Senators Ask DOT, DOJ To Investigate Lufthansa Group Surcharge
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A year after Lufthansa imposed an $18 surcharge on airline tickets purchased from a third-party vendor – such as an online travel agency – three U.S. Senators are asking for an investigation into whether the German airline violated United States anti-trust laws.
Sens. Mike Lee (R-Utah), Amy Klobuchar (D-Minn.), and Richard Blumenthal (D-Conn.) sent a letter to Transportation Department Secretary Anthony Foxx and Attorney General Loretta Lynch urging them to investigate whether comments made last year by Lufthansa CEO Carsten Spohr violated the Sherman Act.
Enacted in 1890, the Sherman Act was the first federal legislation designed to prevent trusts and anti-competitive business practices.
“On June 8, 2015, at a panel of the IATA (International Air Transport Association) conference with more than 100 executives from competing airlines in the audience, Mr. Spohr announced that Lufthansa was planning to impose an $18 surcharge on price comparison websites,” the letter reads. Later questioned about other airline reactions to his statement, Mr. Spohr said, “It's a first step and I believe others will follow.”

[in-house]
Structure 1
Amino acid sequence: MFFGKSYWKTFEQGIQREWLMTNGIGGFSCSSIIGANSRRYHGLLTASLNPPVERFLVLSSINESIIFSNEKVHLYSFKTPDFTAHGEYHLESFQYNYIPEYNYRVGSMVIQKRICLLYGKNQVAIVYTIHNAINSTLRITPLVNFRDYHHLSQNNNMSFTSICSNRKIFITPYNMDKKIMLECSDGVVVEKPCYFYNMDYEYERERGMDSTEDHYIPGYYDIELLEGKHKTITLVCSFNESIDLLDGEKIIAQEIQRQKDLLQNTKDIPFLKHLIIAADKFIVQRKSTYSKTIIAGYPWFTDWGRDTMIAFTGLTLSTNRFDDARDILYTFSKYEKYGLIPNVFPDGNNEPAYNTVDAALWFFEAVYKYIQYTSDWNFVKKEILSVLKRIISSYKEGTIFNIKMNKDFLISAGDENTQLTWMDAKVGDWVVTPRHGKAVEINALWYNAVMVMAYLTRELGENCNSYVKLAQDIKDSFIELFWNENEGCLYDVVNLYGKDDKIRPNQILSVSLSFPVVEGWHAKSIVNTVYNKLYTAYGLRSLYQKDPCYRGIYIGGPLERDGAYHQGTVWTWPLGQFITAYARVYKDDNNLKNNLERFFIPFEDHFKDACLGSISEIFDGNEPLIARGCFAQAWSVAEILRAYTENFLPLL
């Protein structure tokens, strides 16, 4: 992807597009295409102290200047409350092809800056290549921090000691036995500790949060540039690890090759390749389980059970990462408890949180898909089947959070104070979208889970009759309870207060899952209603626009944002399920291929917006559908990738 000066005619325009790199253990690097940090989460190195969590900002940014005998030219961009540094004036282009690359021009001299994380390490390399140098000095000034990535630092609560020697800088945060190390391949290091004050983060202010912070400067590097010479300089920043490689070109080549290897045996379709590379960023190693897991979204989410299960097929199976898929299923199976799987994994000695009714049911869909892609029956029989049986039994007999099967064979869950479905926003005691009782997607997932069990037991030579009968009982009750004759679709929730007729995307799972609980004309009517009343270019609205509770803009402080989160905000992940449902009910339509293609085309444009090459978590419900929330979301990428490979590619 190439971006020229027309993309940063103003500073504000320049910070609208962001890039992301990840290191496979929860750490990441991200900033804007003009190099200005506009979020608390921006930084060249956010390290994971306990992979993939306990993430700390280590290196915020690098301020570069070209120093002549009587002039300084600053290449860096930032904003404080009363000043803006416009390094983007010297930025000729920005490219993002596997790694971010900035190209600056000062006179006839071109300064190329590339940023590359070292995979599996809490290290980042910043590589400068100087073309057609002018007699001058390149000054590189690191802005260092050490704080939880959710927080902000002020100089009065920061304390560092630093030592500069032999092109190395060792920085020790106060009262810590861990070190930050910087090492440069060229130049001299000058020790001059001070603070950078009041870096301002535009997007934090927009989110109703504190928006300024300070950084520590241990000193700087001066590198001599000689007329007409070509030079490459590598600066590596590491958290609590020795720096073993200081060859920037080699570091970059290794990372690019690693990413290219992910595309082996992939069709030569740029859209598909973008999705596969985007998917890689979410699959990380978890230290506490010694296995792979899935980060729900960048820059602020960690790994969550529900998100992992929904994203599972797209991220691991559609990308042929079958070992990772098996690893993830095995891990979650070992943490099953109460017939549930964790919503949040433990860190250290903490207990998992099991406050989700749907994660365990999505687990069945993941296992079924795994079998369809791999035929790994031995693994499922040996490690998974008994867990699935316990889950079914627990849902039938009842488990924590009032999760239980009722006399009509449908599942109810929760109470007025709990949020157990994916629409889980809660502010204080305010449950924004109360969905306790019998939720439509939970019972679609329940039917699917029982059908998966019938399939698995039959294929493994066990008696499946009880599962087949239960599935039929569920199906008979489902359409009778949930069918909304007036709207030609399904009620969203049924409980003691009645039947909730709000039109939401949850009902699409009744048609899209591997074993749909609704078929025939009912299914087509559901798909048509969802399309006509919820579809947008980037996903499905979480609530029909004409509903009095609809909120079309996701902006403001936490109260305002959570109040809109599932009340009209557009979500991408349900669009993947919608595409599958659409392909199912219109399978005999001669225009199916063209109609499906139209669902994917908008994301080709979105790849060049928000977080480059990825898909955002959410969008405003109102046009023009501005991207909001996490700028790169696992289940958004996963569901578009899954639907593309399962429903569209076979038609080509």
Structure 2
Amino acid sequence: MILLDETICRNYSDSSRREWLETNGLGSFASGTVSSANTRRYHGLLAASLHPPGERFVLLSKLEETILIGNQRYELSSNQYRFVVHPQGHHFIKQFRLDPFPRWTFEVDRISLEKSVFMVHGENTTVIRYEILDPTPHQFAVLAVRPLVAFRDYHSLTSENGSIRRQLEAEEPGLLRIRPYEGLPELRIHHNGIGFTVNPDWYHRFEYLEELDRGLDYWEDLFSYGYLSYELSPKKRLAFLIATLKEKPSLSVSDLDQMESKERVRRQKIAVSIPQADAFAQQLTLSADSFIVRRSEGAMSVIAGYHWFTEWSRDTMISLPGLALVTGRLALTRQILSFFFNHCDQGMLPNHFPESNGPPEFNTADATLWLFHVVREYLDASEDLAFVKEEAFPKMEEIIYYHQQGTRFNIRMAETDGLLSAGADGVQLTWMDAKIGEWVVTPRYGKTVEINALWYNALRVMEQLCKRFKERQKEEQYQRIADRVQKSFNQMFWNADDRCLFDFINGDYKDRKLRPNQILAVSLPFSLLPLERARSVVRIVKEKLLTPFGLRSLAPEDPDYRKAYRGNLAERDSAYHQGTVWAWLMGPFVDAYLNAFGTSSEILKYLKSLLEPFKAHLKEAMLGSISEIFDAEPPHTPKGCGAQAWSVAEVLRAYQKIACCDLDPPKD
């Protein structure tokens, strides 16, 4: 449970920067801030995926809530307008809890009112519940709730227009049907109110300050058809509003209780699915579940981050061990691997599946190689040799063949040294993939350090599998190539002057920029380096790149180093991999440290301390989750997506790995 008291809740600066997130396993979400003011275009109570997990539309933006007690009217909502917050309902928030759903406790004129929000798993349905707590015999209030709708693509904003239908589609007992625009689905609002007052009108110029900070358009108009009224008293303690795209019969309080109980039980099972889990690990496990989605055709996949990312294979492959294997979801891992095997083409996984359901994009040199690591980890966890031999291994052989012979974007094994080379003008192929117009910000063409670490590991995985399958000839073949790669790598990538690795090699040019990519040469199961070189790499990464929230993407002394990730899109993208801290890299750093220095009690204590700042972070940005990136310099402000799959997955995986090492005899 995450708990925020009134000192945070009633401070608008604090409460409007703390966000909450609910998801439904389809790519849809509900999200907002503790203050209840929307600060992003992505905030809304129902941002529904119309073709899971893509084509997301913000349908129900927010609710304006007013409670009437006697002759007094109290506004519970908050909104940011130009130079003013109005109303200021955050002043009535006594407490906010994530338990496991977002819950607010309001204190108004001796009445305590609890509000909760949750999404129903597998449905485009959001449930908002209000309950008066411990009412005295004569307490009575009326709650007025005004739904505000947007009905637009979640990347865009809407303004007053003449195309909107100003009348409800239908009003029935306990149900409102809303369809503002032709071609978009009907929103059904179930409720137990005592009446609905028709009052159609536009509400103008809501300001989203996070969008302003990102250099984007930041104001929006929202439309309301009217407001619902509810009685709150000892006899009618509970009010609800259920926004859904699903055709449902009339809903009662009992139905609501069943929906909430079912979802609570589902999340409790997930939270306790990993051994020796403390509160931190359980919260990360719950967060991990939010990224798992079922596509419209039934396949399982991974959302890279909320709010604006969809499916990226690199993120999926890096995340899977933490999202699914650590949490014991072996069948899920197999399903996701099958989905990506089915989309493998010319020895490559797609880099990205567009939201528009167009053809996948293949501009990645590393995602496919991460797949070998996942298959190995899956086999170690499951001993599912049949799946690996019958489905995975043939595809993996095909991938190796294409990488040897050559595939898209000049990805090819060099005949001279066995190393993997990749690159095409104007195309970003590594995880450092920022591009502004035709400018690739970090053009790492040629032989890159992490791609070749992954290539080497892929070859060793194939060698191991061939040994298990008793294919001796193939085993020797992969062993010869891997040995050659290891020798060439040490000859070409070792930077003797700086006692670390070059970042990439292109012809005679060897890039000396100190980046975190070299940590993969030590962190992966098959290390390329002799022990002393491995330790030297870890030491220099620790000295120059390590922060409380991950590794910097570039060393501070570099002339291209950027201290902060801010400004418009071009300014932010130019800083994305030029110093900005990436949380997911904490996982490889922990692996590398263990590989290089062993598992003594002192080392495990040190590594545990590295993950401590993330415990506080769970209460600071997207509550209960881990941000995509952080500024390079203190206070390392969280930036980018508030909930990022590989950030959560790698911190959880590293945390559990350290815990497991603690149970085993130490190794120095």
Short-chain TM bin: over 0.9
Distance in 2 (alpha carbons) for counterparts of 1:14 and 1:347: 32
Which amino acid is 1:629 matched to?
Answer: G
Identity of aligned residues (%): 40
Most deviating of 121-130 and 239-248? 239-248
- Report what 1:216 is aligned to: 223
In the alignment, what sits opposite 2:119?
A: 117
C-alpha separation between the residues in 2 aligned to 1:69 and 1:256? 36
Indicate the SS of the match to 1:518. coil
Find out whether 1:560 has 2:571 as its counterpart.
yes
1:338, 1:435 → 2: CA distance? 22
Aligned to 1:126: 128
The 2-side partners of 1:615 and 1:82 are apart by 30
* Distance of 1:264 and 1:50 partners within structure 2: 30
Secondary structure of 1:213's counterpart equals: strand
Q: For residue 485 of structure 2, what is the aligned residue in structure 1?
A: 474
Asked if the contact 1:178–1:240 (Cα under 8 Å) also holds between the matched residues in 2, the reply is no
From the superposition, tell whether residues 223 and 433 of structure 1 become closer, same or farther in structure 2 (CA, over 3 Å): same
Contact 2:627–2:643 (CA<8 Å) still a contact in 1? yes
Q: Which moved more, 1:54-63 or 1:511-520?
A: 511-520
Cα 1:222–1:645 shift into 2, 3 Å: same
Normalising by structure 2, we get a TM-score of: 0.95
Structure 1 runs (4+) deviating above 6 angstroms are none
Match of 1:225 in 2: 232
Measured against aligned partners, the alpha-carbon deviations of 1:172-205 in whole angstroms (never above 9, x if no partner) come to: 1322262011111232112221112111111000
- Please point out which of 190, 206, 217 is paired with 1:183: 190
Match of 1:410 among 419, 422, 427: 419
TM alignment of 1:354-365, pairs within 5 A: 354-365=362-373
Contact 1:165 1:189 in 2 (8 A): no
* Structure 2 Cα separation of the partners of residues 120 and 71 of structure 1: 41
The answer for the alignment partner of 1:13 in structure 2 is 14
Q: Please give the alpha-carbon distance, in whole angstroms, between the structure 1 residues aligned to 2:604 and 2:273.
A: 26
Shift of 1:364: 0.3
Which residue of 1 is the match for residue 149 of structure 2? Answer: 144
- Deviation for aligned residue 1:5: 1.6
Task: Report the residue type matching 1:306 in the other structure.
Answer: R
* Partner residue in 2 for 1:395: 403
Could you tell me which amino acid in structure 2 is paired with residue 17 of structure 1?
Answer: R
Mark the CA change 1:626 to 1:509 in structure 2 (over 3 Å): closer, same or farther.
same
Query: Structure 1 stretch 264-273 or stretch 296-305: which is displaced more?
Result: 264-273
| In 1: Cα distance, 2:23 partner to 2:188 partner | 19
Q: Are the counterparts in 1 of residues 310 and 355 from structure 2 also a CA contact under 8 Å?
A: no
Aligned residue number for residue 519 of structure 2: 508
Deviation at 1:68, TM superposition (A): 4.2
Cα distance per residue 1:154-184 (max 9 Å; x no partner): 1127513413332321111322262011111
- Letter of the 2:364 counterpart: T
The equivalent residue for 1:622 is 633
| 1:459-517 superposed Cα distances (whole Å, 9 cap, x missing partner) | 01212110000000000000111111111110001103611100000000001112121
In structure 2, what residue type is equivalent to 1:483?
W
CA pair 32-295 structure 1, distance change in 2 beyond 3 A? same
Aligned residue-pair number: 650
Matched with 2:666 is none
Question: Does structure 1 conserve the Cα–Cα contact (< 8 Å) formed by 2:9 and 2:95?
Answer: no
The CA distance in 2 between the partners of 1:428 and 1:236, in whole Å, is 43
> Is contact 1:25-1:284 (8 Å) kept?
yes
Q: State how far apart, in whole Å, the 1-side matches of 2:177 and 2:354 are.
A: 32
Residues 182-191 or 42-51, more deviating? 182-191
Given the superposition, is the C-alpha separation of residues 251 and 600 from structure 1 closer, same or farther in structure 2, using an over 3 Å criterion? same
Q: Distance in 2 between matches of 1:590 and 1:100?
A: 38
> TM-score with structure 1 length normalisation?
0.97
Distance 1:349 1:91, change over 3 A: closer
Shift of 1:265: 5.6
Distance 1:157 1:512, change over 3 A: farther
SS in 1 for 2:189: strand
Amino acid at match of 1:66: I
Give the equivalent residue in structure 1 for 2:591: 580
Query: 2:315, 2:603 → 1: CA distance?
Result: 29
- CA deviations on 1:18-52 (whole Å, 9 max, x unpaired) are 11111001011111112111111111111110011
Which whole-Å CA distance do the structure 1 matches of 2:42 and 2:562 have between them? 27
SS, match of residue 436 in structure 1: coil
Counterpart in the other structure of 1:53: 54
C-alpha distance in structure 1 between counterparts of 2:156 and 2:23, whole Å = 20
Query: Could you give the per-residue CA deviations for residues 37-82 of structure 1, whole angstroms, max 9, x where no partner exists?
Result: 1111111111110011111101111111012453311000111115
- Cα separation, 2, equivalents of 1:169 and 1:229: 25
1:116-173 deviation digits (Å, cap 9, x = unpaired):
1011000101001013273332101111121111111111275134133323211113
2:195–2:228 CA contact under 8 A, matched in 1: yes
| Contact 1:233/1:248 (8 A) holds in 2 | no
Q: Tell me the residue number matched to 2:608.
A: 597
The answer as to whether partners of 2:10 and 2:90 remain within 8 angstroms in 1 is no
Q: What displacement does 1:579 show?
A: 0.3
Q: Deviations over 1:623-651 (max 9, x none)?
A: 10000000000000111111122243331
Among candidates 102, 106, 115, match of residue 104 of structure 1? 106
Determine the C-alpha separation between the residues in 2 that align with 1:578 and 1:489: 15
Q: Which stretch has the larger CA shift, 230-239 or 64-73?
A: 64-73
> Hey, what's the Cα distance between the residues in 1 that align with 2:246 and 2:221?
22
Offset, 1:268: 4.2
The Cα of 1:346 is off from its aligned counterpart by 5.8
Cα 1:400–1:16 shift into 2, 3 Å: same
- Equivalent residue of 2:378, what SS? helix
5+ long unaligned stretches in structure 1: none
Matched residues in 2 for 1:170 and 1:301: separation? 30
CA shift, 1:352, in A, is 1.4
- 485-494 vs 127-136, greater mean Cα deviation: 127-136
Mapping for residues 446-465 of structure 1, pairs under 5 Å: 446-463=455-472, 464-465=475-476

READ MORE: Lufthansa: Book Through Us Or Pay a Fee
But others did not follow in the controversial practice, which all but tried to remove agents from the selling equation by imposing the surcharge. Customers could avoid the surcharge by buying their tickets exclusively at Lufthansa’s website or its booking offices.
“Lufthansa’s conduct, encouraging competitors collectively representing the vast majority of the market to follow Lufthansa’s lead in raising prices, raises the question of whether they have run afoul of the Sherman Act,” the letter explains.
Sens. Lee, Klobuchar, and Blumenthal called on the DOT and DOJ to “thoroughly investigate this matter and, if you find that there has been a violation, to address it with an appropriate remedy.”
Lee and Klobuchar are the chairman and ranking member, respectively, of the Senate Judiciary Subcommittee on Antitrust, Competition Policy, and Consumer Rights.
The full text of the letter is available here.
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